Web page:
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Virus-Host Interactions at the Maternal-Fetal Interface

Delorme-Axford, Elizabeth (2013) Virus-Host Interactions at the Maternal-Fetal Interface. Doctoral Dissertation, University of Pittsburgh. (Unpublished)

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Strategies to protect against viral infections are essential during pregnancy. Maternal-fetal transmission can have serious pathological outcomes, including fetal infection, growth restriction, birth defects, and/or death. Throughout pregnancy, the placenta (composed of polarized trophoblasts amid stromal and vascular arrangements) is an indispensable tissue that forms a barrier at the maternal-fetal interface. Viruses have likely evolved specific mechanisms to exploit the protective functions of placental trophoblasts to initiate fetal infection. Despite the severity of pathologic disease associated with fetal viral infection, little is known regarding virus-host interactions at the maternal-fetal interface. In this work, we have examined the mechanisms by which – 1) placental trophoblasts protect against invading viruses and 2) coxsackievirus B (CVB), a virus associated with fetal pathology, gains entry into polarized trophoblasts. As a model, we have used cultured primary human trophoblasts (PHTs) and immortalized human (BeWo) trophoblasts.

We have found that PHTs are highly resistant to infection by six disparate viruses. PHTs transfer this resistance to non-placental recipient cells through exosome-mediated delivery of select placental microRNAs (miRNAs). We show that members of the chromosome 19 miRNA cluster (C19MC), which are almost exclusively expressed in the primate placenta, are packaged within trophoblast-derived exosomes, and attenuate viral replication in recipient cells by inducing autophagy.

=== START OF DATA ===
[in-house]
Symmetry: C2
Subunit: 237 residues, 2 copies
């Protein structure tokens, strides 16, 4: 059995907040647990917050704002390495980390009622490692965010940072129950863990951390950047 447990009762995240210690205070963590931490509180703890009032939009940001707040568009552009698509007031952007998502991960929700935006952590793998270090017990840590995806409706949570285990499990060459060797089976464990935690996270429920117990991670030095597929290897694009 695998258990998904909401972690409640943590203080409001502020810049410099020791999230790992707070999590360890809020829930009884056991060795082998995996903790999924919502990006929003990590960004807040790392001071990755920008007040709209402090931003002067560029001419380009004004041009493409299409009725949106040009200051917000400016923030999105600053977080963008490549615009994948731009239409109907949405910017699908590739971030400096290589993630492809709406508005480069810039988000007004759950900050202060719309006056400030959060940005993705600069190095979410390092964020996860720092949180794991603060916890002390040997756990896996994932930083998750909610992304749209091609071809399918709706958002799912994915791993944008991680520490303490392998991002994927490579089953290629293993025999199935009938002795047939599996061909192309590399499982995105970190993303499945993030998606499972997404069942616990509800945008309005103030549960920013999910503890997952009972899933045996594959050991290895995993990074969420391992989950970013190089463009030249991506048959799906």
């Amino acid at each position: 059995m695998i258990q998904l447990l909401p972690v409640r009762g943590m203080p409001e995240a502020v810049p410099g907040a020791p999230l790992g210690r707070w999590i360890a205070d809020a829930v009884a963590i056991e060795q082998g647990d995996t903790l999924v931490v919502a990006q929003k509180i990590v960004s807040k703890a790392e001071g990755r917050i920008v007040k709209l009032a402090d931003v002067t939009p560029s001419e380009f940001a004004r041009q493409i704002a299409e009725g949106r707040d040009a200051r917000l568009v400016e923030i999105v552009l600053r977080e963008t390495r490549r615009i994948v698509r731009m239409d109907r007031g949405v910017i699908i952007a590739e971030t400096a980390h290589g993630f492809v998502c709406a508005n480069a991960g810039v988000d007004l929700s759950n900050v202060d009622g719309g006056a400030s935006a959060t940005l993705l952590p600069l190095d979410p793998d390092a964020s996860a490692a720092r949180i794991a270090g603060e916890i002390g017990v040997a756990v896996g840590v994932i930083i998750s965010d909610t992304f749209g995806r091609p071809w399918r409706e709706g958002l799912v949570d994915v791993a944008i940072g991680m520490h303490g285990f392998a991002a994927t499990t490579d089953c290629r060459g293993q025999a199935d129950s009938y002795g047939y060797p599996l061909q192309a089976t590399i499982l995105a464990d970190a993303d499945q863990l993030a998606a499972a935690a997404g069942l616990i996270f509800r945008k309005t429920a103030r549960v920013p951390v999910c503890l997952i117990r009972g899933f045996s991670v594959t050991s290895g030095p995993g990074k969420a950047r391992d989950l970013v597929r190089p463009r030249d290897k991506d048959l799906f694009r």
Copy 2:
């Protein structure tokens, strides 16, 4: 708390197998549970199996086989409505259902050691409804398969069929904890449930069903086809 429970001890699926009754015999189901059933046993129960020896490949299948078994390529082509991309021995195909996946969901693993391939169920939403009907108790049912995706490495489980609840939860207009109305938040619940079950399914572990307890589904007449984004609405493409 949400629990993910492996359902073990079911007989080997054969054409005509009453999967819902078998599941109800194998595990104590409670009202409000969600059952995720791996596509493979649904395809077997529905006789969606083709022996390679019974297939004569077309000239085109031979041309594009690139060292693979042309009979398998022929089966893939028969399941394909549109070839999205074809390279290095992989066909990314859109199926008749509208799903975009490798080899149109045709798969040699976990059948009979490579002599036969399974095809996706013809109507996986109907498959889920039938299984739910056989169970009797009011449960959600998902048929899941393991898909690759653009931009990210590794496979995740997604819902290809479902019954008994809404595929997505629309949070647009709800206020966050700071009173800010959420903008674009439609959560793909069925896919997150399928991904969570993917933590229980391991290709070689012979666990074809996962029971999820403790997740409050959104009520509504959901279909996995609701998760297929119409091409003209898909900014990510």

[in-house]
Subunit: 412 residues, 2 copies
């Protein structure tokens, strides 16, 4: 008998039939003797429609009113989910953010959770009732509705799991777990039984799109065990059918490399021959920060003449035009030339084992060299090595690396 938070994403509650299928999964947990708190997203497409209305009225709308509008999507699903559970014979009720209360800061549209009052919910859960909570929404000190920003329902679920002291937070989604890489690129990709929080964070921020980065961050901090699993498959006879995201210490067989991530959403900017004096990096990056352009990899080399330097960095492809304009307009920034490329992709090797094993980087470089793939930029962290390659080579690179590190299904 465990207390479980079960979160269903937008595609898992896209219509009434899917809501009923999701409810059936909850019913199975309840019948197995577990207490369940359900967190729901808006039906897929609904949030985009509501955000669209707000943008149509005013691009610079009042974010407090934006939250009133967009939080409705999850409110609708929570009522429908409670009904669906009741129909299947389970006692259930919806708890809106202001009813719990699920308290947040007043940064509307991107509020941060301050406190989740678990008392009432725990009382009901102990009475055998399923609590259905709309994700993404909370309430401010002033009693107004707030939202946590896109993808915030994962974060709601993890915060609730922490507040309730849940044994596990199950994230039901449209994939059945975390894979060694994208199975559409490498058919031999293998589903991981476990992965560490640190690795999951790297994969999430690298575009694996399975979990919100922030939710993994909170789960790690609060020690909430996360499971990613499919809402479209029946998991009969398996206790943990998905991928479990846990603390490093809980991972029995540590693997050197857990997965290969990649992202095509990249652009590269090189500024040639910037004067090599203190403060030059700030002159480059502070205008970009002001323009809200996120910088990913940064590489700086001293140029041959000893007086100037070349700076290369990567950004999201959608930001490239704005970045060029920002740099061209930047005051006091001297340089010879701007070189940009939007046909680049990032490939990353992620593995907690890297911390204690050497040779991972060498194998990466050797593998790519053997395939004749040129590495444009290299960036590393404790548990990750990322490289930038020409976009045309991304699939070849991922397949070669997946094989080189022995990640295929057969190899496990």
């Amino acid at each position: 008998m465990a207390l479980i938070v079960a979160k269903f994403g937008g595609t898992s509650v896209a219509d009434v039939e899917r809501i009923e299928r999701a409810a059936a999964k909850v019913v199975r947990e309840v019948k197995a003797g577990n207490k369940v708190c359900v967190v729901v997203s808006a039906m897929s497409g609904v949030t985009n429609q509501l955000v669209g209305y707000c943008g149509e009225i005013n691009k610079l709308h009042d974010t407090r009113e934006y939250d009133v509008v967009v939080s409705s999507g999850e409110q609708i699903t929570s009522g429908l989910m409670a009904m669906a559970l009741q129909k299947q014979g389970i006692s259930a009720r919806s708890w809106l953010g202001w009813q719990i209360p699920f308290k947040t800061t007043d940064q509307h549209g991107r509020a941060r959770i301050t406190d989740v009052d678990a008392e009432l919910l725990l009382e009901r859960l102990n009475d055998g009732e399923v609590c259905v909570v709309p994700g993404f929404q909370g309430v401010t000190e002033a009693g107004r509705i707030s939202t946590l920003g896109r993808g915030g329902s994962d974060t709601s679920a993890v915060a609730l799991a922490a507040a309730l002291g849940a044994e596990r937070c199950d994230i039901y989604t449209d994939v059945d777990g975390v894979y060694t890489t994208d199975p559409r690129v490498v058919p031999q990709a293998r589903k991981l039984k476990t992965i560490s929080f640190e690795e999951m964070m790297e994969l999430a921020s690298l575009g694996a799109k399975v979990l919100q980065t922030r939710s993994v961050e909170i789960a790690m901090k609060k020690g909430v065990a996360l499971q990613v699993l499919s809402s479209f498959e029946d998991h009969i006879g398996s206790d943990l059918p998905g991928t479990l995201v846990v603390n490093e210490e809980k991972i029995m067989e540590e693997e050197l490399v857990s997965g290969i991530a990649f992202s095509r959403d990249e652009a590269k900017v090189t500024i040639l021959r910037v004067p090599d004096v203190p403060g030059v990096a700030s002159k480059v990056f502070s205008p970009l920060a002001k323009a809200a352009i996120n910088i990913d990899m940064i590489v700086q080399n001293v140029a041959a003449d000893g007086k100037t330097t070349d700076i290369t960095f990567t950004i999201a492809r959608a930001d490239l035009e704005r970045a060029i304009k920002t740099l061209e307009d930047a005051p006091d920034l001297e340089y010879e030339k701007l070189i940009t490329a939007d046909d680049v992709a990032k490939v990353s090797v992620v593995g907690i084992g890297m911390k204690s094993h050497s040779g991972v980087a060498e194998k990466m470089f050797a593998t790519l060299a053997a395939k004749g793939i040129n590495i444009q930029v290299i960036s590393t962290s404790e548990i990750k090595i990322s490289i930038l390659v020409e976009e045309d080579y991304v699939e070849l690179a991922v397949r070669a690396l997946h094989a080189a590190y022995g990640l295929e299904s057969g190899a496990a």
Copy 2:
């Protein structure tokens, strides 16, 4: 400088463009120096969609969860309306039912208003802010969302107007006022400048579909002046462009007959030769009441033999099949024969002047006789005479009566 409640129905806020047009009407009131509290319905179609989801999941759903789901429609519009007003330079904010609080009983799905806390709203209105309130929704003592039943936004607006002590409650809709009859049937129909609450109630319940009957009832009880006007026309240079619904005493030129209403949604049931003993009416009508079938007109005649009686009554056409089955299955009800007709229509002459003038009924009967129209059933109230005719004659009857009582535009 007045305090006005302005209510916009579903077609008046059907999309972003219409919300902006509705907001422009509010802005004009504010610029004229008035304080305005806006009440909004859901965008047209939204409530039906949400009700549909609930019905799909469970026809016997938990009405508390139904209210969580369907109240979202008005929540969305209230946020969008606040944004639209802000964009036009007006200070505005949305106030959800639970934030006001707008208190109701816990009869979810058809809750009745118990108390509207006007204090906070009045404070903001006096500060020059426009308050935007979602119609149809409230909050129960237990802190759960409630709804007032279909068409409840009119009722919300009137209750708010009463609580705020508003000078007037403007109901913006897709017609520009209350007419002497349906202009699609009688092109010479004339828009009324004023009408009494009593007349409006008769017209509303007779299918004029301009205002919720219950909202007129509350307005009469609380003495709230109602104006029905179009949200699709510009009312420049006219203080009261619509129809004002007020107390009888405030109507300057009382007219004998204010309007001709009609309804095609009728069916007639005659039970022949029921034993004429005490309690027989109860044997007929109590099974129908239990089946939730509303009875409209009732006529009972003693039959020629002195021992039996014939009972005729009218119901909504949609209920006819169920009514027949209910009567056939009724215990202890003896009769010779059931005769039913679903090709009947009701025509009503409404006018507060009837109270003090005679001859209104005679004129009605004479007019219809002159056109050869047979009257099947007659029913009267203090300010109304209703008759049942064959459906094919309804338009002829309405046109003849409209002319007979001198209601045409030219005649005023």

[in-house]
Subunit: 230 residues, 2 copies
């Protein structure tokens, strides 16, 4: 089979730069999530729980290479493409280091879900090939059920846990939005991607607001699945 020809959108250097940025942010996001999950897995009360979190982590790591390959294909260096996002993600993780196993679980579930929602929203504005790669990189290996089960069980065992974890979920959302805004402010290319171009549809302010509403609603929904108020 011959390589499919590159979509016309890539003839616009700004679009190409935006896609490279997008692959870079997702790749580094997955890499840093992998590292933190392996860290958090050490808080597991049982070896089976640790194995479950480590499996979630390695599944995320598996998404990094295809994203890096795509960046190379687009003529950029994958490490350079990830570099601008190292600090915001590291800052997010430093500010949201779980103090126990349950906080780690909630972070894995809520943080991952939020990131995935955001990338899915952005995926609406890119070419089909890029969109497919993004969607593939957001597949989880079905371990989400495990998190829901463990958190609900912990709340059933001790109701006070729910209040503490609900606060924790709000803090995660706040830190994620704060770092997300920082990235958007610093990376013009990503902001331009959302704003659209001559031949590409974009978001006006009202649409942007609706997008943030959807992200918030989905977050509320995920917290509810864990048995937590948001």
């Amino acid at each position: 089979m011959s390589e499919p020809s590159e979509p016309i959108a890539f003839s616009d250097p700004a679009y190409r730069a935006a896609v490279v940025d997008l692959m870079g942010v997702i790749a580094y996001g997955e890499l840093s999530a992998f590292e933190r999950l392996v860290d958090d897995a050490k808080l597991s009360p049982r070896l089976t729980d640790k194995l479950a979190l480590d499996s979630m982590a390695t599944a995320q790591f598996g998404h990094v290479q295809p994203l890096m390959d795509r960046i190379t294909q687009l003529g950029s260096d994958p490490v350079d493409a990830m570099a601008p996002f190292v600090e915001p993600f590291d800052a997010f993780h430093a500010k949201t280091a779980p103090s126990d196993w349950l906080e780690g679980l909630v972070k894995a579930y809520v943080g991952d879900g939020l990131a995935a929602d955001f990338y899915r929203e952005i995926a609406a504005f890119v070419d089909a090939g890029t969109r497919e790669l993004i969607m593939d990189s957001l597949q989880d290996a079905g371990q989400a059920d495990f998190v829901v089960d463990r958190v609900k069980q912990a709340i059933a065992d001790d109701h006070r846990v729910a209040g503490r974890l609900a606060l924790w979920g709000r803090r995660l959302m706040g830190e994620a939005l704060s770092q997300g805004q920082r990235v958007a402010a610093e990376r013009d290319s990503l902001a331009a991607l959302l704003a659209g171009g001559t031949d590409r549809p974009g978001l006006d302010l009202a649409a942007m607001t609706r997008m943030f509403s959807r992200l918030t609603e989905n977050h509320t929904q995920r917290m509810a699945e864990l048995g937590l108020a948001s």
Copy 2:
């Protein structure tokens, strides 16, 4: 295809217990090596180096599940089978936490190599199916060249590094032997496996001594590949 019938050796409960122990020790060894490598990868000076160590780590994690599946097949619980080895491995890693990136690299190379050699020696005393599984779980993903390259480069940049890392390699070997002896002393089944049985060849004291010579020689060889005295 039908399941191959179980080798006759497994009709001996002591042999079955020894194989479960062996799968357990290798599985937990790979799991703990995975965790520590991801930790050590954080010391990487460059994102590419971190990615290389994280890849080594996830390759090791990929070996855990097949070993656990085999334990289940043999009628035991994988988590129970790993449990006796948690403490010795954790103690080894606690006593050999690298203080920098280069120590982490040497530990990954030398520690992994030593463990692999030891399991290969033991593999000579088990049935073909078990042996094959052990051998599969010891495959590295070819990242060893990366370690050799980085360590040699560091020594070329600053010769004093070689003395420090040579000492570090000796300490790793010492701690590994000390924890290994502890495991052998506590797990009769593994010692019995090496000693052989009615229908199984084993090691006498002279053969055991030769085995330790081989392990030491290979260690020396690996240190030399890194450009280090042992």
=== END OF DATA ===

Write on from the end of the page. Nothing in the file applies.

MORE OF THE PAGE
To study CVB entry into placental trophoblasts, we have merged virological and cell biological techniques, combined with pharmacological inhibitors and siRNAs directed against diverse cellular endocytic and signaling components, to characterize the pathways hijacked by CVB to promote its entry into human trophoblasts. We found the kinetics of CVB entry and uncoating in placental trophoblasts similar to those described in polarized intestinal epithelial cells. CVB entry into placental trophoblasts requires decay accelerating factor (DAF) binding, and is associated with the relocalization of virus from the apical surface to intercellular tight junctions. We have identified a divergent mechanism for CVB entry that is independent of clathrin, caveolae, and dynamin II but is dependent on lipid-rafts and Src family tyrosine kinase signaling. Our studies model viral transmission and infection at the maternal-fetal interface, and have the therapeutic potential for preventing prenatal infections, pre-term labor, and birth defects.


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Item Type: University of Pittsburgh ETD
Status: Unpublished
CreatorsEmailPitt UsernameORCID
Delorme-Axford, Elizabethebd7@pitt.eduEBD7
ETD Committee:
TitleMemberEmail AddressPitt UsernameORCID
Thesis AdvisorCoyne , COYNEC2
Committee ChairWeisz, Ora Aweisz@pitt.eduWEISZ
Committee MemberSadovsky , Yoel ysadovsky@mwri.magee.eduYOS14
Committee MemberCondon-Jeyasuria , Jennnifer
Date: 2 April 2013
Date Type: Publication
Defense Date: 14 March 2013
Approval Date: 2 April 2013
Submission Date: 1 April 2013
Access Restriction: No restriction; Release the ETD for access worldwide immediately.
Number of Pages: 157
Institution: University of Pittsburgh
Schools and Programs: School of Medicine > Cell Biology and Molecular Physiology
Degree: PhD - Doctor of Philosophy
Thesis Type: Doctoral Dissertation
Refereed: Yes
Uncontrolled Keywords: Placenta, Trophoblast, C19MC, Autophagy, Coxsackievirus B, miRNAs
Date Deposited: 02 Apr 2013 15:02
Last Modified: 19 Dec 2016 14:40


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